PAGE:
I fed Trooper every 4 hours in small amounts; even at midnight and in the middle of the night for those first couple of weeks until the feedings were spaced out more and food amounts were increased. It was heartbreaking to watch him eat so fast and every last crumb. Not feeding him more was the hardest thing to do. I think he was eating over 4-5 cups of food a day during this time. Feedings had to be separate from my other two dogs, Sweet Pea & Willie, because Trooper could not control his hunger. I would feed him outside on the back patio. I could not let him inside when I fed my other two because he would want to run to their bowls and we didn’t want food aggression to be an issue. We needed to create a safe place for him to eat without distraction and also continue to maintain a safe and normal feeding pattern for our other two dogs. Even when my husband and I would eat meals, we would have to crate him or put him on our back patio because he could not control his hunger.
Finding Lucky “Trooper” a Forever Home
My husband asked me when I first called him on the drive back from Dothan to Birmingham about finding Trooper a home. I told him I needed to get him healthy before we could even do that and then work with local rescue groups and friends to find him the right forever home. But as you know, we fell deeply in love with Trooper and before that first week was up, we knew Trooper was ours!!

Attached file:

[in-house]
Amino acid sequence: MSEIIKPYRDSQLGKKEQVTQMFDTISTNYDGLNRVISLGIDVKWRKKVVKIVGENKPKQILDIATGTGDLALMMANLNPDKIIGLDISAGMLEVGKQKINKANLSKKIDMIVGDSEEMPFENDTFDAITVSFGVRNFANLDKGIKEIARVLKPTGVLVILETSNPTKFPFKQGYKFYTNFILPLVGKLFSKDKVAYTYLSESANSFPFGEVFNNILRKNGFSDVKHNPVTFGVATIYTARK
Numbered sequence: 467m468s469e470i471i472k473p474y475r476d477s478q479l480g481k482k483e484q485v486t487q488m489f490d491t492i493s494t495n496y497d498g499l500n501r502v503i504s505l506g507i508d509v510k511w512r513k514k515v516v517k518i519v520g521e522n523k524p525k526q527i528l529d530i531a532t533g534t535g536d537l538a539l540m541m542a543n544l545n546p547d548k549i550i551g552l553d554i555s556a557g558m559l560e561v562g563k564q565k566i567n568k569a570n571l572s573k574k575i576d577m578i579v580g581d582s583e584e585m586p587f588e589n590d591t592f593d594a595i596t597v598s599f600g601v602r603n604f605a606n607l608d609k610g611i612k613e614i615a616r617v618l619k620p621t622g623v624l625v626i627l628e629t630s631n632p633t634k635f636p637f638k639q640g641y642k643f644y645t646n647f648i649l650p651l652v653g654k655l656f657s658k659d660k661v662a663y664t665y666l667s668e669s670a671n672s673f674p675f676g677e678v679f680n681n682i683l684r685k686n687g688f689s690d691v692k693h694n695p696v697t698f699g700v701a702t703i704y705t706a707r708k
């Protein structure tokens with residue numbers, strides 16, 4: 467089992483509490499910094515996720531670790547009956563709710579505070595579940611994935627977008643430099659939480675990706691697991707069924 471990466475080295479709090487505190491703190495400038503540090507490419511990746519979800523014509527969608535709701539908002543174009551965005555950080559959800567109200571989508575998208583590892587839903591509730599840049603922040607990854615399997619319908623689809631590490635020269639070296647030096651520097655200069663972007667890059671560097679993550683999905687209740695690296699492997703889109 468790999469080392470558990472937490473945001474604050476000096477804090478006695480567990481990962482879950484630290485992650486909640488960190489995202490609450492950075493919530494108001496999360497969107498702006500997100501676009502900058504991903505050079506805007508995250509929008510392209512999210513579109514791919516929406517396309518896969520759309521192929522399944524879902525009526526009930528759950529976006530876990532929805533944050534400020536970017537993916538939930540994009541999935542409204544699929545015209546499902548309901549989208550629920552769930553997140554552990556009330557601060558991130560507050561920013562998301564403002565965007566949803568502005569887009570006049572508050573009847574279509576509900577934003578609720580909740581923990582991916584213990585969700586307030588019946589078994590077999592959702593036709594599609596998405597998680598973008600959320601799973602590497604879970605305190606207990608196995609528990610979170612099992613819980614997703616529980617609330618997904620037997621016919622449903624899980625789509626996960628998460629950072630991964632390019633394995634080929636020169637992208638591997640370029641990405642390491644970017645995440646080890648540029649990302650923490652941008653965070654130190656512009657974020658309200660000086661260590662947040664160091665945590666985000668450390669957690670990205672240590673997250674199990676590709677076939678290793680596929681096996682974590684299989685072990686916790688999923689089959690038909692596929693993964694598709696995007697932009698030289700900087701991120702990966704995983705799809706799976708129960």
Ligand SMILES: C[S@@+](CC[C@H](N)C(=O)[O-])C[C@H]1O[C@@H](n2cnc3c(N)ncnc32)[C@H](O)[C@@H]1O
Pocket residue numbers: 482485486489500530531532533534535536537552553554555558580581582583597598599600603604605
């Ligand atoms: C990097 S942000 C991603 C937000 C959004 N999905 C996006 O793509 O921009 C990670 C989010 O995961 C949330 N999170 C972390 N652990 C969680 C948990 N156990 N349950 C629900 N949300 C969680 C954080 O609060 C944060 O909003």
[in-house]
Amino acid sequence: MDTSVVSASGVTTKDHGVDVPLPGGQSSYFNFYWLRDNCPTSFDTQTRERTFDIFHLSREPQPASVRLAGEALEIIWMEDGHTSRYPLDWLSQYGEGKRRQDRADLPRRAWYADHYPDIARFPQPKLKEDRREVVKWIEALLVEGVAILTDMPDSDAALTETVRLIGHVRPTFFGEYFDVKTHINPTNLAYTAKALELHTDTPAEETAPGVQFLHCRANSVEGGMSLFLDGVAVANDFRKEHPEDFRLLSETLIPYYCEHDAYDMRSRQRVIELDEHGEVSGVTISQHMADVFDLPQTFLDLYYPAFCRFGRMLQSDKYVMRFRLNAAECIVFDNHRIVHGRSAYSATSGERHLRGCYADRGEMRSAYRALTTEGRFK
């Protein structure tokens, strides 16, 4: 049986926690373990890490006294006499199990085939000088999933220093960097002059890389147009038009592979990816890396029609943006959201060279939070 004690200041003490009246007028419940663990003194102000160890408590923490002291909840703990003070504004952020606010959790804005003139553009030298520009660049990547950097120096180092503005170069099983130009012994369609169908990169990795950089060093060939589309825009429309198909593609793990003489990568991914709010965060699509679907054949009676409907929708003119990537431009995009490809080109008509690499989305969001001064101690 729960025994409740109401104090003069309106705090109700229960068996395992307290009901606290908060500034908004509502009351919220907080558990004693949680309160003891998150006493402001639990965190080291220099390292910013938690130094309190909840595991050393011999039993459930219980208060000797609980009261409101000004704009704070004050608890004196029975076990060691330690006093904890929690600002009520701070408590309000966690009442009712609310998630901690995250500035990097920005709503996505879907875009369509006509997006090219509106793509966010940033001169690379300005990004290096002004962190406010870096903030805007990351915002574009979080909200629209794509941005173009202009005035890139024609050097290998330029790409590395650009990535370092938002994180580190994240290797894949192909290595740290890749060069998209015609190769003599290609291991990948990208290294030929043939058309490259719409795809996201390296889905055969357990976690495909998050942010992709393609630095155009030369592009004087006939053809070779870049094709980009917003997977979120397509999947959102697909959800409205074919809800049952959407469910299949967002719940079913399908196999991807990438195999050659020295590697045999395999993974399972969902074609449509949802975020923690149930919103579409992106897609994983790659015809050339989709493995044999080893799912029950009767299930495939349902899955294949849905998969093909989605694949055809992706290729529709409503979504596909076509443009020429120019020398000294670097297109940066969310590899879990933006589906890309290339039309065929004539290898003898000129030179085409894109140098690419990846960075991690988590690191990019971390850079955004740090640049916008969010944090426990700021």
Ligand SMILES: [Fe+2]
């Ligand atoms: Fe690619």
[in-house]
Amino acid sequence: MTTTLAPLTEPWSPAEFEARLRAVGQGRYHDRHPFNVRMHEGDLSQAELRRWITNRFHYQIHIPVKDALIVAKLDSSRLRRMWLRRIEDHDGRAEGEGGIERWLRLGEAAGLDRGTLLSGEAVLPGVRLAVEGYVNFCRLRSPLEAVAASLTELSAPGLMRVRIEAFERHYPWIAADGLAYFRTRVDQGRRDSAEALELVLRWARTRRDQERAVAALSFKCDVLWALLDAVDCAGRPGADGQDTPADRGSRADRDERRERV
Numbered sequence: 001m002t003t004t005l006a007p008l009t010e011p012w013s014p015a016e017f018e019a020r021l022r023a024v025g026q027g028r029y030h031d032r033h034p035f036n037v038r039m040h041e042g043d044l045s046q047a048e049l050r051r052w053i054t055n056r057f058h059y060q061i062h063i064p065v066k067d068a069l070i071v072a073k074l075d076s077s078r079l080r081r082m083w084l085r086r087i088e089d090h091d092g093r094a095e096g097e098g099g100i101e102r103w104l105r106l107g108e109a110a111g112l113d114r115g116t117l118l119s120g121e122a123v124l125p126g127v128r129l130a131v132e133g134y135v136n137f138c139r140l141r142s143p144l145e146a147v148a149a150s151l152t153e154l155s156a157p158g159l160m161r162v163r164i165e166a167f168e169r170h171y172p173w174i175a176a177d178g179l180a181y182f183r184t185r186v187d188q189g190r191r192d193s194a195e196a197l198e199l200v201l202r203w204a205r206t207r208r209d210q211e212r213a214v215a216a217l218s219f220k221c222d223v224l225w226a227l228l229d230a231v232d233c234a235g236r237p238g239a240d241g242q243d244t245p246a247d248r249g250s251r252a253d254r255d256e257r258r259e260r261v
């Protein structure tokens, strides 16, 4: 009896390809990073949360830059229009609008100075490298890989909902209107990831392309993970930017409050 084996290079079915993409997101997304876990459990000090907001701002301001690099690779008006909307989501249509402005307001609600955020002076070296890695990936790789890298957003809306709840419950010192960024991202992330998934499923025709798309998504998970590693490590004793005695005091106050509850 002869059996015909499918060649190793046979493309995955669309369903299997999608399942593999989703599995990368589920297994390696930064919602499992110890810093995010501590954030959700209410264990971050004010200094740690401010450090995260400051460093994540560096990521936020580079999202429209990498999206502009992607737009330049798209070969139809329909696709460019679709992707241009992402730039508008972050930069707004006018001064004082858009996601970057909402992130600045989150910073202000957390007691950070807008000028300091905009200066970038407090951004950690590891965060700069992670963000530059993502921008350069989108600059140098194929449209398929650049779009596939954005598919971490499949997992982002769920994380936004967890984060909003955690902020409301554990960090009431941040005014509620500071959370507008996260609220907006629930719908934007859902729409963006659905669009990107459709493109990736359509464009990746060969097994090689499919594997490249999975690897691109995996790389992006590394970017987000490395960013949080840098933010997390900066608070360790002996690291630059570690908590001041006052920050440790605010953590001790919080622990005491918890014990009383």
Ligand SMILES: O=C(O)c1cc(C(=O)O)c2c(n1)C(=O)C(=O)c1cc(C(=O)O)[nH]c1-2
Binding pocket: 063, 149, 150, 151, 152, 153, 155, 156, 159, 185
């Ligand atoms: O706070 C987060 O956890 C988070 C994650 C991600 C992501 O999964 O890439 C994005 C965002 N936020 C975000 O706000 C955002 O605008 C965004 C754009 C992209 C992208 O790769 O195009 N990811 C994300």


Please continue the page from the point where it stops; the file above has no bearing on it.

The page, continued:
Beginning A New Life in His Forever Home
Every day was a learning curve and we had to adjust our life and also teach Trooper to adjust his life, too. Trooper was transitioning into our home and getting more and more used to us and his new life. He slept a good bit the first week as he was recuperating. I don’t know if he was able to sleep peacefully before since he was outside in the Alabama heat by himself with no shelter, probably protecting himself from other dogs and animals, lonely, thirsty, hungry, his skin in pain all over and parasites on his skin and in his stomach. I think Trooper was finally at ease and safe enough to rest and recuperate.
We could not keep Trooper alone in the house without us around. We learned that the hard way only after a few days of him with us. We all went outside in the back yard one night to let them all play and go to the bathroom. We got caught speaking with our neighbor over by the fence and Trooper took this chance to go to the back door, push the cracked door back open and run inside to look around for food. He reached up on the kitchen counter and pulled down Willie’s pillbox of heart medications and other medications and eaten every last one of them. We came in and saw the pillbox and I scooped Trooper up and rushed him to the Emergency Vet Clinic to get him help right away. He threw up some of the medications and they also administered charcoal and subcutaneous fluids overnight. Thankfully, Trooper was completely fine the next day.